Fig. 1
figure 1

Sagittal T2-weighted MRI. The MRI of the Cranial-cervical structures showing the dorsal increase of the odontoid dens

Fig. 2
figure 2

Coronal T2-weighted MRI. The MRI showing the cranial-cervical malformation with a subtotal fusion of the atlas with the occipital bone

The neurosurgeon decided to not evaluate the dynamic stability [27] at the time.


The aim of this case report was to discuss the relevant concepts relating to the pathophysiology, screening and differential diagnosis of a rare pathologic upper cervical disorder, and to further describe the relevant findings from the history and physical examination from the physiotherapist’s perspective in a patient with an unusual symptom presentation.

The term “basilar impression” often called “basilar invagination” is generally used to broadly label different types of deformities involving the posterior cranial fossa and the upper cervical vertebra. BI is an uncommon syndrome that occurs when the upper part of the odontoid dens migrates upward towards the foramen magnum [12]. The main etiologies of BI are clivus (basiocciput) hypoplasia, occipital condyle hypoplasia, atlas hypoplasia, atlanto-occipital assimilation and congenital atlanto-axial instability [14, 15, 28, 29]. Several neural axis abnormalities are commonly described in association with BI, especially Chiari type I malformation [15]. Chiari malformation and BI have much in common but are described as different clinical entities.

According to Goel et al. [30] the most common signs and symptoms included weakness (100 %), neck pain (59 %), posterior column dysfunction (39 %), bowel and bladder disturbance (28 %), and paresthesia (25 %). Localized findings included restricted neck movements (59 %), low hairline (48 %), webbed neck (47 %), and short neck (41 %). Notably, as in our case report, trauma is the principal precipitating factor in initiating symptoms in 48 % of patients with basilar BI.

This case report describes the clinical picture and clinical decision making that led a physiotherapist to suspect a non-musculoskeletal cause in a patient with NP, occipital headache, and dizziness.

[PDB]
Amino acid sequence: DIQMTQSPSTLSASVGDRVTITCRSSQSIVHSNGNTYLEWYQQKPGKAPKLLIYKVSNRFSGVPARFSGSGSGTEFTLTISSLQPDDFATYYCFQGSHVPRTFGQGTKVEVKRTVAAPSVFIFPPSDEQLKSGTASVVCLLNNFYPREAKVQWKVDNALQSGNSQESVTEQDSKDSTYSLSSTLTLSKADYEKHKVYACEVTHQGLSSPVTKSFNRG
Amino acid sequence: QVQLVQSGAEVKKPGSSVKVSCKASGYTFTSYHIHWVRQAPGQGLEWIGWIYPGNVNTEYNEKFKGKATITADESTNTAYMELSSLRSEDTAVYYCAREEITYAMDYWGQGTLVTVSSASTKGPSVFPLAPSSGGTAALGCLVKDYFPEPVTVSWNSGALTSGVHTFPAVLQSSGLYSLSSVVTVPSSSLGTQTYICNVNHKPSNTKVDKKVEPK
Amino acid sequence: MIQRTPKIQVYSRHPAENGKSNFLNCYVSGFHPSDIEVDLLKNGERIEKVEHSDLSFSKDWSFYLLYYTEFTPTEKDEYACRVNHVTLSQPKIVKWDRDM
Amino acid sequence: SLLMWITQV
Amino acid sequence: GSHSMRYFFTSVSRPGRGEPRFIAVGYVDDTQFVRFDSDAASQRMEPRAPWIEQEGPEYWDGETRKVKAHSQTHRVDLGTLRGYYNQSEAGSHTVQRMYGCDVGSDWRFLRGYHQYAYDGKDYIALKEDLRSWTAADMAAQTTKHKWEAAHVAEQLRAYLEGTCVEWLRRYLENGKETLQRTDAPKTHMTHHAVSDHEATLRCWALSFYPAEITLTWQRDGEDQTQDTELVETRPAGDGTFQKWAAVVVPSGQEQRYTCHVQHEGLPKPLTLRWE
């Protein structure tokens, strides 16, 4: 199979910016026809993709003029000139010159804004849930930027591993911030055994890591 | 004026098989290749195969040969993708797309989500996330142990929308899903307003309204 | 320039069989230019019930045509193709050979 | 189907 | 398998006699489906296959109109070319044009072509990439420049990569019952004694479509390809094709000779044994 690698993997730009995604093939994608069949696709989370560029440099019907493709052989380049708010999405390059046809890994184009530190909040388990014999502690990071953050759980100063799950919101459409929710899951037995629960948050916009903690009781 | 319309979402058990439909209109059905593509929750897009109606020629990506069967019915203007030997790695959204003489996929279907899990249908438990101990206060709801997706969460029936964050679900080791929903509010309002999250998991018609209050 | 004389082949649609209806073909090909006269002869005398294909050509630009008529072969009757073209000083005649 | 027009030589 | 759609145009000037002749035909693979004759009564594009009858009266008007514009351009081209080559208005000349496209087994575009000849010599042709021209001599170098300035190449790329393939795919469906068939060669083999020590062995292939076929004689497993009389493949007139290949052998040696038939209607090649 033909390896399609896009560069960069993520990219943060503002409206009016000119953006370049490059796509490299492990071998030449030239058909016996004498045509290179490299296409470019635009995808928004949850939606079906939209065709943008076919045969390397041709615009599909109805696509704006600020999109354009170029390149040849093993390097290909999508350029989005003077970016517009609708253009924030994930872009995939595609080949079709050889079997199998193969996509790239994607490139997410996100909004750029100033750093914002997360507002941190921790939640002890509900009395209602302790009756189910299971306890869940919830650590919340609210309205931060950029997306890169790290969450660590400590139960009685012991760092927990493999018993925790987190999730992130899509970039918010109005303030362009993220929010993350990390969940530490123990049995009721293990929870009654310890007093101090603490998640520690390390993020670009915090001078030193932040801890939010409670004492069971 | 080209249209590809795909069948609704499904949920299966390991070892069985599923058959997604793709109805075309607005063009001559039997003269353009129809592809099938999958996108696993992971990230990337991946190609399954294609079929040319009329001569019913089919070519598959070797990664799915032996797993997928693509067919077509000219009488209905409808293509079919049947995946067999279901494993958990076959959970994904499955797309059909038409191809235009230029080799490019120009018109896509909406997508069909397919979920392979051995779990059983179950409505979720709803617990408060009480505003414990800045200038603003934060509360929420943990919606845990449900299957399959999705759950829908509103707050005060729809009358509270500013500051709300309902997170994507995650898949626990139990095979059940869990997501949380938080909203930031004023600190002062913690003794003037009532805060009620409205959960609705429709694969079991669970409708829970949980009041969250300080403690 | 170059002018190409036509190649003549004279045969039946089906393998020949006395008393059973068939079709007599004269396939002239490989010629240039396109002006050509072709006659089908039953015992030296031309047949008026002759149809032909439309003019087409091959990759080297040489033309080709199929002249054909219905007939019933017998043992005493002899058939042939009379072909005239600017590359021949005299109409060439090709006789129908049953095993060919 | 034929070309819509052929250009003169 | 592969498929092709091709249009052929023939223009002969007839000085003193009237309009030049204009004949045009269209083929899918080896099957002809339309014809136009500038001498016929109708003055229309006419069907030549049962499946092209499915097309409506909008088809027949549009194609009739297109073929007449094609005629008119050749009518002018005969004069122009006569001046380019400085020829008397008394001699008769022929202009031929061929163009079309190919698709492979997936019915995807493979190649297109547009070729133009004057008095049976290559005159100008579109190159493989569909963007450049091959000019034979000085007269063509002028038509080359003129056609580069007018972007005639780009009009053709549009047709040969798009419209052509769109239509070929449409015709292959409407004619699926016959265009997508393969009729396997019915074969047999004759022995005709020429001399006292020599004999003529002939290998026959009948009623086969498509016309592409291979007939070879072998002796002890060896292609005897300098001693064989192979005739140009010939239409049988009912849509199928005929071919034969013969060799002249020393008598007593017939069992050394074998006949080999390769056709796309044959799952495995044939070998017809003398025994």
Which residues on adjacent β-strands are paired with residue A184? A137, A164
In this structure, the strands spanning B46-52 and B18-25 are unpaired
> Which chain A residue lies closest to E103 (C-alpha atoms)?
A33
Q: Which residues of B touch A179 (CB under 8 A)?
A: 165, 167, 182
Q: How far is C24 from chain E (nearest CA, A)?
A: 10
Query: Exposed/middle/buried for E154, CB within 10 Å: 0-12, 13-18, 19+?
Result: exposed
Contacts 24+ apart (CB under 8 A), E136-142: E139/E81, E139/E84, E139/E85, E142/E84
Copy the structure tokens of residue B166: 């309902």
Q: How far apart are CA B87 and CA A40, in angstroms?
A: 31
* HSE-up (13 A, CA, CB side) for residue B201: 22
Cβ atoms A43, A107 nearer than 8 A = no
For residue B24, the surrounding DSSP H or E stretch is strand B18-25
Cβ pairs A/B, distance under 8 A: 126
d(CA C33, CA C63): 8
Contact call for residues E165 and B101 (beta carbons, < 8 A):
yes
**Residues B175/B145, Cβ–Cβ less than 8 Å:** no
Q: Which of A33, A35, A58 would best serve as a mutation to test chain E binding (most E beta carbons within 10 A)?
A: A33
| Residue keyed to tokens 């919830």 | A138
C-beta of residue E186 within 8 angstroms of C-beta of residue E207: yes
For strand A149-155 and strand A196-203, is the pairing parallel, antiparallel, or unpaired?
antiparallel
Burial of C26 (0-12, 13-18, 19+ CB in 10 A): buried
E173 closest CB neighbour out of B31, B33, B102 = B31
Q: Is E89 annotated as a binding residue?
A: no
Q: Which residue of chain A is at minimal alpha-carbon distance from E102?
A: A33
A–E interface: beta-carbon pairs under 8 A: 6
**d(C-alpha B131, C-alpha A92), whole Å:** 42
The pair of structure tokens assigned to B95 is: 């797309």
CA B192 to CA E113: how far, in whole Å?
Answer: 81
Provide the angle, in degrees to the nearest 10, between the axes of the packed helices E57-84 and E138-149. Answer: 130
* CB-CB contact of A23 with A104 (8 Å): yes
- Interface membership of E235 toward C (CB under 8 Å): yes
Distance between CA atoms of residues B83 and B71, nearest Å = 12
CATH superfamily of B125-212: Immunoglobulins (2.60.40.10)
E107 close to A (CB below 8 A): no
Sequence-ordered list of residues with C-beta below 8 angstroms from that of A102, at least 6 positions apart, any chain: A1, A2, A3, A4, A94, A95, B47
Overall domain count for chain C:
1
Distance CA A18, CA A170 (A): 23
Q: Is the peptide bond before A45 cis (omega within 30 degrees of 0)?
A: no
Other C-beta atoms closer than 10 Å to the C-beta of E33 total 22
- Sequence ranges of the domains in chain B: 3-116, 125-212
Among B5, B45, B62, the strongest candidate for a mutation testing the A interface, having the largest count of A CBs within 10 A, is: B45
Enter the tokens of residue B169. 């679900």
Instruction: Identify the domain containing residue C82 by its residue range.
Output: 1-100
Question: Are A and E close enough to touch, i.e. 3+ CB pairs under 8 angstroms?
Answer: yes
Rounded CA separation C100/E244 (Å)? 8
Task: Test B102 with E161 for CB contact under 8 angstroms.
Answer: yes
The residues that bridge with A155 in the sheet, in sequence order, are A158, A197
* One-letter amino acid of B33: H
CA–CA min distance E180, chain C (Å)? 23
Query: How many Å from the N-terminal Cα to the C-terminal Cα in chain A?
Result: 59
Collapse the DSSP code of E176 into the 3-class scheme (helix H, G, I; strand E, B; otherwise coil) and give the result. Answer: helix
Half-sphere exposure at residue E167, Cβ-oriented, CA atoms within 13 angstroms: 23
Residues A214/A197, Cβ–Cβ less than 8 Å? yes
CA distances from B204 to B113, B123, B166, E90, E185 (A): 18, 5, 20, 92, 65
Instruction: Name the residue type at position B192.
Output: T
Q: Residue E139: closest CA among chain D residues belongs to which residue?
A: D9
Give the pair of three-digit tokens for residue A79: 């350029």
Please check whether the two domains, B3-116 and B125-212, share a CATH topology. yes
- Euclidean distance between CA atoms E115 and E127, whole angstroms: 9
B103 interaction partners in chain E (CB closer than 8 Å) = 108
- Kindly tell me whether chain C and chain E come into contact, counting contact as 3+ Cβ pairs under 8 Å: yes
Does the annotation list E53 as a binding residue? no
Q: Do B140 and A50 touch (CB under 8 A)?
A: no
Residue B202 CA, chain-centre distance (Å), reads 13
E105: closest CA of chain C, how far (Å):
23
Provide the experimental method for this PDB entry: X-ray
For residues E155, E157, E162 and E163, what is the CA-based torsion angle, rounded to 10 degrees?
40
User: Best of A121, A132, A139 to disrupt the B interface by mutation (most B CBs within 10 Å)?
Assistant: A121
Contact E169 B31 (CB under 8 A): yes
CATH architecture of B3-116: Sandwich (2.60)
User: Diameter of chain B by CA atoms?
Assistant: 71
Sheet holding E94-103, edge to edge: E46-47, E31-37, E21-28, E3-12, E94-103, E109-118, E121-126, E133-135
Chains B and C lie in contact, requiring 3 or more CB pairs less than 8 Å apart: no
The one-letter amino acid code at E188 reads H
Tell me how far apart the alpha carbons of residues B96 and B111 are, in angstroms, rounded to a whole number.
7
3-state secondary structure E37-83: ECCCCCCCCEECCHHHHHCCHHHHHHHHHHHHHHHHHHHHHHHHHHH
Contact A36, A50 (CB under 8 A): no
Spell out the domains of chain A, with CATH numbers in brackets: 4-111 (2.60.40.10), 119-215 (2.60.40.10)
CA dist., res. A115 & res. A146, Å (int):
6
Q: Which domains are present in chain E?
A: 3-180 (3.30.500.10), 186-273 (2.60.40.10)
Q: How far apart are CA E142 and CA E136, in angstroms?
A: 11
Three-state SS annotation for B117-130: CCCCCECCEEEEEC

This case also supports the concept that physiotherapists are trained and capable of screening for pathologic medical conditions in direct access settings; that is, physiotherapists are able to identify when a patient’s signs and symptoms are outside of the physiotherapy scope and in need of appropriate medical referral for further examination or investigation [31, 32]. Any suspicion led to the physical therapist contacting the referring physician to suggest the need for additional diagnostic imaging studies that lead to the best therapeutic treatment and prognosis for those patients at risk of serious pathologies.

Thus, a better understanding of the pathophysiology of this complex anatomical junction leads to a better understanding of the surgical management also [33]. Physiotherapists should to be aware that a regrowth of the odontoid process after odontoidectomy surgery is possible and a continuous postoperative neuroradiological examinations must be scheduled [34] during a post surgery management when indicated.

Ethics approval

This study was approved by the Human Subjects Commitee of the Hospital Universitario Funacion Alcorcon and Universidad Rey Jaun Carlos, Madrid, SPAIN.

Human Subjects Committee Approval Letter 2014-12-55.


Written informed consent was obtained from the patient for publication of this Case report and any accompanying images. A copy of the written consent is available for review by the Editor of this journal.



Basilar impression


Cranial Nerves


Craniovertebral congenital anomalies


Magnetic resonance imaging


Neck pain


Numeric pain rating scale


nonsteroidal anti-inflammatory drugs


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The authors declare that they have no founding sources.

We would like to express our gratitude to Luigi Martella, MD, Radiologist, Department of Radiology “Vito Fazzi” Hospital.

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Correspondence to Firas Mourad.

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Authors’ contributions

FMo, GG and FMa completed all examinations and decided about final diagnosis. FMo and FMa drafted the manuscript. GG performed first clinical examinations. FB and JD provided consultation regarding interpretation of clinical examination, diagnosis and imaging methods. JD was involved in drafting of the manuscript and critical revision of the manuscript for important intellectual content. CFDLP was involved in critical revision of the manuscript. All authors read and approved the final manuscript.

Authors’ information

All Authors are Orthopaedic Manipulative Therapists. FMo, GG, FB and JD are in private practice. FMa is a physical therapist of SSR Puglia INAIL and a lecturer at the University of Genova, Campus di Savona, Italy. FMo, GG, FB are lecturer in the Manual Therapy Master at the Tor Vergata University, Rome, Italy. FMo is a PhD student at the Univesidad Rey Juan Carlos, Madrid, Spain. FMo, GG and FMa are member of the board The Italian Manual Therapy Group – Gruppo di Terapia Manuale (GTM). JD is a PhD student at Nova Southeastern University, Ft. Lauderdale, FL, USA. CFDLP is a the chief of the Department of Physical Therapy, Occupational Therapy, Rehabilitation and Physical Medicine at the University Rey Jaun Carlos, Madrid, Spain.

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Mourad, F., Giovannico, G., Maselli, F. et al. Basilar impression presenting as intermittent mechanical neck pain: a rare case report. BMC Musculoskelet Disord 17, 7 (2016).